Accurate visualization of septal collateral channels requires the insertion of a microcatheter for superselective injection of contrast medium. If septal collateral channels can be classified anatomically to understand their characteristics, the selection of appropriate collaterals will be facilitated. Based on the author's clinical experience, septal collaterals can be classified into four types.

Type 1
Type 1 collaterals flow from the first or second septal branch toward a site near the bifurcation of the segment posterior lateral (PL) branch and posterior descending (PD) branch. In the 30° right anterior oblique view, they flow gently from the upper right toward the lower left (Figure 2A). In the 45° left anterior oblique view, they curve convexly toward the left ventricle. They are commonly used for the retrograde approach to treat CTOs of the right coronary artery (RCA). A collateral entering the PL branch is also classified as this type and only arises from the first septal branch (Figure 2A). For some CTOs without a retrograde stump at the bifurcation of the PL and PD, intervention via the PL should be attempted. In such cases, we need to locate this channel.

Type 2
Type 2 collaterals arise from the first septal branch or from relatively large distal septal branches. In the 30° right anterior oblique view, they curve toward the apex before entering the PD (Figure 2B). In the 45° left anterior oblique view, they curve concavely toward the right ventricle. They are commonly used for retrograde access to CTOs of the RCA. At times, these channels can only be visualized by superselective contrast injection (wedged injection) (Figure 2C and 2E). Once they have been identified by contrast injection, it is best to perform wiring carefully in a direction that avoids premature ventricular contractions by using a Fielder XT with the tip bent as little as possible. Before such polymer jacket wires with stronger support as the Fielder FC or XT became available, type 2 channels were easily kinked when a balloon was pushed in during septal dilatation, frequently leading to septal rupture. The availability of specialty wires and development of the concept of total septal dilatation have dramatically improved the success rate of septal dilatation. This type of channel is most commonly used for CTOs of the left anterior descending (LAD) artery as well.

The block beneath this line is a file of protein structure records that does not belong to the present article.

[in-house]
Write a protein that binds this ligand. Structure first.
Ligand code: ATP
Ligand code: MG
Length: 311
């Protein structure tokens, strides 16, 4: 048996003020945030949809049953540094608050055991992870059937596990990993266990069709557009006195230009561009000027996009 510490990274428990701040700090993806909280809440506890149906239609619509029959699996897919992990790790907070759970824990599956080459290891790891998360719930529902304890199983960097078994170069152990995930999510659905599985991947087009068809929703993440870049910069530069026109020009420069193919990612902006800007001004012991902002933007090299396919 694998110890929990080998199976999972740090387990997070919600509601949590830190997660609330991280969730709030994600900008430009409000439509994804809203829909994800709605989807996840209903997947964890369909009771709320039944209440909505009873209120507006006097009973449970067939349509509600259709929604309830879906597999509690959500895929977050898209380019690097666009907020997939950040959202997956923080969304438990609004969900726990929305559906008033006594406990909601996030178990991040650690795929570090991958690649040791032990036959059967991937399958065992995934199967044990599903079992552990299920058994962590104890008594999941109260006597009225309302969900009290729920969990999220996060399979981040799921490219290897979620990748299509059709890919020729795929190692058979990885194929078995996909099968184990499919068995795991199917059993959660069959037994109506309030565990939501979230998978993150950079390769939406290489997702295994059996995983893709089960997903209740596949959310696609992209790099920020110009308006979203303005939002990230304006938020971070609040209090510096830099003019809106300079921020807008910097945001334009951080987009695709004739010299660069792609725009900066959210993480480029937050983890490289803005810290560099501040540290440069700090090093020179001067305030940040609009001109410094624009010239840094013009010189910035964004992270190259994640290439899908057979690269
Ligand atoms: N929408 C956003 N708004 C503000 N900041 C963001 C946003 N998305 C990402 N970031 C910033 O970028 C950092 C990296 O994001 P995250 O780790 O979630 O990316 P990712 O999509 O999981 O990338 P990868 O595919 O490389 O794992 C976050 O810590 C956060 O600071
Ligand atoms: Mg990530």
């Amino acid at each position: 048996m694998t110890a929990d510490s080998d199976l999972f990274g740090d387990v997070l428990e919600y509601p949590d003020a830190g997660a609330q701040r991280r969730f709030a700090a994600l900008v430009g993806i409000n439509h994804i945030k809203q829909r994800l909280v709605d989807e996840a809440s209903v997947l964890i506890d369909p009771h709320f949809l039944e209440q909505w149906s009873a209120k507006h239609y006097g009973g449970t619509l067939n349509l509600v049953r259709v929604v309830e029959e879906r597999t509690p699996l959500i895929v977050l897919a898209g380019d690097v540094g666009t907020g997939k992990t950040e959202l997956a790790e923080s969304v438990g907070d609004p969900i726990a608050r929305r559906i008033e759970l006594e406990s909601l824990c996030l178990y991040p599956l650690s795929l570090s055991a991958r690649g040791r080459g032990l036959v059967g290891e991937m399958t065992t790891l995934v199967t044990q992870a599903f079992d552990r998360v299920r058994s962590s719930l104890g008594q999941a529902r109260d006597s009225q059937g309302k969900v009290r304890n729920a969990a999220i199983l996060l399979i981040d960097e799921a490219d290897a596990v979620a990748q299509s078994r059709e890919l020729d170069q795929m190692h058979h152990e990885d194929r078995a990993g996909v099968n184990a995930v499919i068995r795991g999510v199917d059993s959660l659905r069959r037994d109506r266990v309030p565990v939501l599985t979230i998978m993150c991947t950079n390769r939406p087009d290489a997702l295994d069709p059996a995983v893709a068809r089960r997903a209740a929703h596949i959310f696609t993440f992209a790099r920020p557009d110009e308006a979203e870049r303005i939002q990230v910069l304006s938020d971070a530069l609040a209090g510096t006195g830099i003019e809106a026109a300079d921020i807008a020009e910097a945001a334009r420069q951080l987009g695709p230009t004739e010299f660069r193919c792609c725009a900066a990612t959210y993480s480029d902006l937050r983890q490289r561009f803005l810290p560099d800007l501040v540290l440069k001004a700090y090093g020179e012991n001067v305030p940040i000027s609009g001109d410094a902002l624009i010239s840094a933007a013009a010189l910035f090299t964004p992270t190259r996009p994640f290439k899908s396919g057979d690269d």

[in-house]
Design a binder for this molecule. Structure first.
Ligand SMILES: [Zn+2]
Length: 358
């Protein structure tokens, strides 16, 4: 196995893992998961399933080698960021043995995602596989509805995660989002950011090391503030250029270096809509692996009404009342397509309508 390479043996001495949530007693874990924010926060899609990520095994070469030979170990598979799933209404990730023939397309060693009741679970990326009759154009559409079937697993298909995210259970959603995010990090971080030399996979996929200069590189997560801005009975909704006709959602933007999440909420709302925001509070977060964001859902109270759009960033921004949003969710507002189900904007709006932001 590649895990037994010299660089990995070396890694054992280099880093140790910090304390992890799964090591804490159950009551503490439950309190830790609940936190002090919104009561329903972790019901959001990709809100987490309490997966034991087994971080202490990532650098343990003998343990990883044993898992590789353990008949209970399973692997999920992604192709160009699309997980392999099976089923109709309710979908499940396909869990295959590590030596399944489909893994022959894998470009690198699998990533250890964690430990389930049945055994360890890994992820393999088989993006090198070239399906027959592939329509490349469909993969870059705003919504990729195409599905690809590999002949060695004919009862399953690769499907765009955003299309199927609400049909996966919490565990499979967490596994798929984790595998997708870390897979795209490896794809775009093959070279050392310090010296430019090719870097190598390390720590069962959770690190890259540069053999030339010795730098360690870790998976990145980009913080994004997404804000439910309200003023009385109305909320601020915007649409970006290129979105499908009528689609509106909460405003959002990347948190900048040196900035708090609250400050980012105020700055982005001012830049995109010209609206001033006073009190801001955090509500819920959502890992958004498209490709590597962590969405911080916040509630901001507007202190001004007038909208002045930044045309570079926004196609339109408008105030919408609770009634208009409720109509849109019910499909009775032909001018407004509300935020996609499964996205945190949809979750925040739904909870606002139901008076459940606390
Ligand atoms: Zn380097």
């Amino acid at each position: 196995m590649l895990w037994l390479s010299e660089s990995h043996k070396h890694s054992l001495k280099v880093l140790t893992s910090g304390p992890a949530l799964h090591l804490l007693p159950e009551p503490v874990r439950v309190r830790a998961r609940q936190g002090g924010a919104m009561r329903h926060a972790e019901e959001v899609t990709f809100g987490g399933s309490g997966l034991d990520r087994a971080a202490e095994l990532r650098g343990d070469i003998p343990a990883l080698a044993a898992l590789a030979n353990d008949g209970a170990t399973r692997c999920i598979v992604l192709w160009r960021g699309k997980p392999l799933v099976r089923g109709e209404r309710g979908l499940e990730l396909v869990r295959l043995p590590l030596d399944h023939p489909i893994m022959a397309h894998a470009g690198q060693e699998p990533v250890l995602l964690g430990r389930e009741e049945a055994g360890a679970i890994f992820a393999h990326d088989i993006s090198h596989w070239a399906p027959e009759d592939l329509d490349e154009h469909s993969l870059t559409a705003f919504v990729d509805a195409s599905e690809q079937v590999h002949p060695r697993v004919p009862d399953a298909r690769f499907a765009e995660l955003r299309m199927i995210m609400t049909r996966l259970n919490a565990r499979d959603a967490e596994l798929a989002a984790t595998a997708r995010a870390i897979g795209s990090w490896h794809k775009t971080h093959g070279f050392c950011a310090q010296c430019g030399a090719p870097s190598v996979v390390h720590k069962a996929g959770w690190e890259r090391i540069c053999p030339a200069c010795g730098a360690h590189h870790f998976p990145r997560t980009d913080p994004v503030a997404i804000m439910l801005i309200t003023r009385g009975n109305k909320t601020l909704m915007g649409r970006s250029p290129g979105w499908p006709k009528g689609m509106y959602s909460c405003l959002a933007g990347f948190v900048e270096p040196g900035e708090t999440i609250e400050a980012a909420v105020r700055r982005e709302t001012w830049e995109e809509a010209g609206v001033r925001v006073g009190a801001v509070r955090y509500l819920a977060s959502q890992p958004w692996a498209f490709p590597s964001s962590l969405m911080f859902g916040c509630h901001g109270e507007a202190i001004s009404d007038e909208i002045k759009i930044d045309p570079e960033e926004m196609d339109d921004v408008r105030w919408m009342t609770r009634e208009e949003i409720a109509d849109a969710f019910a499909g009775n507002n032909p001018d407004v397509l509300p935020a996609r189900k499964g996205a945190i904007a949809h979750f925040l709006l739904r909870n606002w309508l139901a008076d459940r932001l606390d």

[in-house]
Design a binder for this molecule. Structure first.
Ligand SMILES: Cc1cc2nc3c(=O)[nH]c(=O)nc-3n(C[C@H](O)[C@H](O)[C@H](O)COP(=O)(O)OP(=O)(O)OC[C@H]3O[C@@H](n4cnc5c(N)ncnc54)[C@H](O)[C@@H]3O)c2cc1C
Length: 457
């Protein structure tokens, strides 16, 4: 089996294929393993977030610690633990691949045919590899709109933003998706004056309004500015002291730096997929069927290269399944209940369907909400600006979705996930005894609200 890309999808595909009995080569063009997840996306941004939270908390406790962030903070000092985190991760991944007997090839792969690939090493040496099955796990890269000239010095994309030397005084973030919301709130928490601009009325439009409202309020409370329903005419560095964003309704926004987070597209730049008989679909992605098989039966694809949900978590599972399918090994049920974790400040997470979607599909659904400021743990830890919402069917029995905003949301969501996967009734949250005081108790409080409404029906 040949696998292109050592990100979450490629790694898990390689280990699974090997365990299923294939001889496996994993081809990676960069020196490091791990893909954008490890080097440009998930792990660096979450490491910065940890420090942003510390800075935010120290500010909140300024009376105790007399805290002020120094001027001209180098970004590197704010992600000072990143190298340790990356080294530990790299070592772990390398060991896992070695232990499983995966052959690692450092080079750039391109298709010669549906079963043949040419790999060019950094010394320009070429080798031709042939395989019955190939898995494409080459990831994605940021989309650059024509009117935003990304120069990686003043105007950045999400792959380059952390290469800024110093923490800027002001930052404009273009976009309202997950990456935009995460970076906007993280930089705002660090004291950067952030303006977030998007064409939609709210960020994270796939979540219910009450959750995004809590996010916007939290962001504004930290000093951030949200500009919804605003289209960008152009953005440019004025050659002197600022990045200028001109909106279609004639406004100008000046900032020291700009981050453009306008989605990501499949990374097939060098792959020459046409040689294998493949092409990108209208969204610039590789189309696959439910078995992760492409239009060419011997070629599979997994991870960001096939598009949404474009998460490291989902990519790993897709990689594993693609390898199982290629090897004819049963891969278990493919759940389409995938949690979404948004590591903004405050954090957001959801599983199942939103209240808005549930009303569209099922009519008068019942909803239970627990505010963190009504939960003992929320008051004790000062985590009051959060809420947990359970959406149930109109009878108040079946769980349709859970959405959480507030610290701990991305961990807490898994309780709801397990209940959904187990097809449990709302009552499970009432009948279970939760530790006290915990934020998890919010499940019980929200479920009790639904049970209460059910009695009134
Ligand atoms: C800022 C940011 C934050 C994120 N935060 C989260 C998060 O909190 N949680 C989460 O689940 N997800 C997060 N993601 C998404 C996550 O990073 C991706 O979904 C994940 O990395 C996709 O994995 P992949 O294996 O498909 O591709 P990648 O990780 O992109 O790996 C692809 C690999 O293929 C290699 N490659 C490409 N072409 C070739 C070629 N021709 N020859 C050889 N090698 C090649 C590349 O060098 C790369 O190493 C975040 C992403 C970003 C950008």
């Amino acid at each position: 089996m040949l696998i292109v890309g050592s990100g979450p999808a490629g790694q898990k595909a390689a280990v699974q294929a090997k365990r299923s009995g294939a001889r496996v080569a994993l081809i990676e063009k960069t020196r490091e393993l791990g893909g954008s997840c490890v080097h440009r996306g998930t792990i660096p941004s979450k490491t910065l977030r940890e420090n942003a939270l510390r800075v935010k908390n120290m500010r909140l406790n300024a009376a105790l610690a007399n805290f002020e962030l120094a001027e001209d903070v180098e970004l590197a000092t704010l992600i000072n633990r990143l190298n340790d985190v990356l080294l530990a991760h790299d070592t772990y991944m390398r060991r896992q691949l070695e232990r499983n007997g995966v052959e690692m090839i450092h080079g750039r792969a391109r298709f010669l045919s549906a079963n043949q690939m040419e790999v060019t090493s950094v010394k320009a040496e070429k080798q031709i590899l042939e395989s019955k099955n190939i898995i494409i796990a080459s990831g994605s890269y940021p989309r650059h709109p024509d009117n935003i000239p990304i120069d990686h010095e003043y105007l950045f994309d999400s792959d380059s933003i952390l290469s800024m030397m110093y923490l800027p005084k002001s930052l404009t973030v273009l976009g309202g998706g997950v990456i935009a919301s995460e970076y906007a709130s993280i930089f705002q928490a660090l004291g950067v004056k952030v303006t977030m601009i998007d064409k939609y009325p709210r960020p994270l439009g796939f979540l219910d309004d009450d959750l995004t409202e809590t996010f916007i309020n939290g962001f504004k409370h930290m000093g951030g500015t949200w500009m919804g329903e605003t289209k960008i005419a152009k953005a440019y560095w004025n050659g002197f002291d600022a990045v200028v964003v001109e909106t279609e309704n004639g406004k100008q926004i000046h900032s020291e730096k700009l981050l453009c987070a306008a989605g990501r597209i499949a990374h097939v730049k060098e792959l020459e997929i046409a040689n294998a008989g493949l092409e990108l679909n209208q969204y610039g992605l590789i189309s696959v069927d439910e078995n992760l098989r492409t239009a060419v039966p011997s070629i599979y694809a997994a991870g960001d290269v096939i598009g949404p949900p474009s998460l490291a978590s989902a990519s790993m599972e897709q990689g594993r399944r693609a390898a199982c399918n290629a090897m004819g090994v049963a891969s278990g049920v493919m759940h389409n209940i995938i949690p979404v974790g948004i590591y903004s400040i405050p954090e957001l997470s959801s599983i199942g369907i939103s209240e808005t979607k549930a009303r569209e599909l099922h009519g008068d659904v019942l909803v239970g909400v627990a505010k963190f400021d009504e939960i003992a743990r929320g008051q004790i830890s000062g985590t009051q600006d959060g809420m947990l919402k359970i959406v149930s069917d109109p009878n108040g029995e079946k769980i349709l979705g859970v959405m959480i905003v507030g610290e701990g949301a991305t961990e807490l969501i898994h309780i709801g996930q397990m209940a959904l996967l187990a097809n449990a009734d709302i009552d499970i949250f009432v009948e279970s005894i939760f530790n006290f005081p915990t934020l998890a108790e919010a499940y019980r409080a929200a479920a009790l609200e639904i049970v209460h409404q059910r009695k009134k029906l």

Type 3
Type 3 septal collaterals connect the relatively distal LAD and the PD (Figure 2F). It is possible to use these channels for CTOs of both the RCA and LAD. If well developed, these channels rarely branch, and this facilitates wiring. Particularly for CTOs of the LAD, we should use these channels if identified because enough space can be expected to achieve delivery of an OTW balloon 15 to 20 mm in length.

Type 4
Type 4 septal collaterals run from the proximal part of the PD to a septal branch located relatively distal to the middle LAD. In the 30° right anterior oblique view, they flow gently from the lower left to the upper right. They can be used to access CTOs of the LAD, but they are infrequently detected (Figure 2G and H).

What strategies should be used when the delivery of a balloon matching the diameter of the coronary segment distal to the occlusion is possible after successful septal dilatation? PCI via the retrograde approach still often has to be performed in a novel way from the early phase of the procedure. Our real procedures in the catheterization lab are not standardized in detail. Actually, they are quite different depending on the anatomy of each CTO. However, attempts to standardize strategies in some way or other will eventually lead to improvement of devices and the discovery of optimal strategies. The Fielder FC and XT guidewires and establishment of the concept of total septal dilatation led to a dramatic improvement in the success rate of septal dilatation since August 2006. Since that time, the author has attempted the retrograde wire-crossing technique first with a Fielder FC or an XT used to pass through the septal channel under coaxial anchoring with an OTW balloon pressurized at several atmospheres inside the coronary segment distal to the occlusion. These wires can easily cross some CTOs that are neither very old nor very long, especially CTOs of the LAD. If this method fails, the author bases the selection of subsequent strategies primarily on the morphology of the coronary segment proximal to the CTO.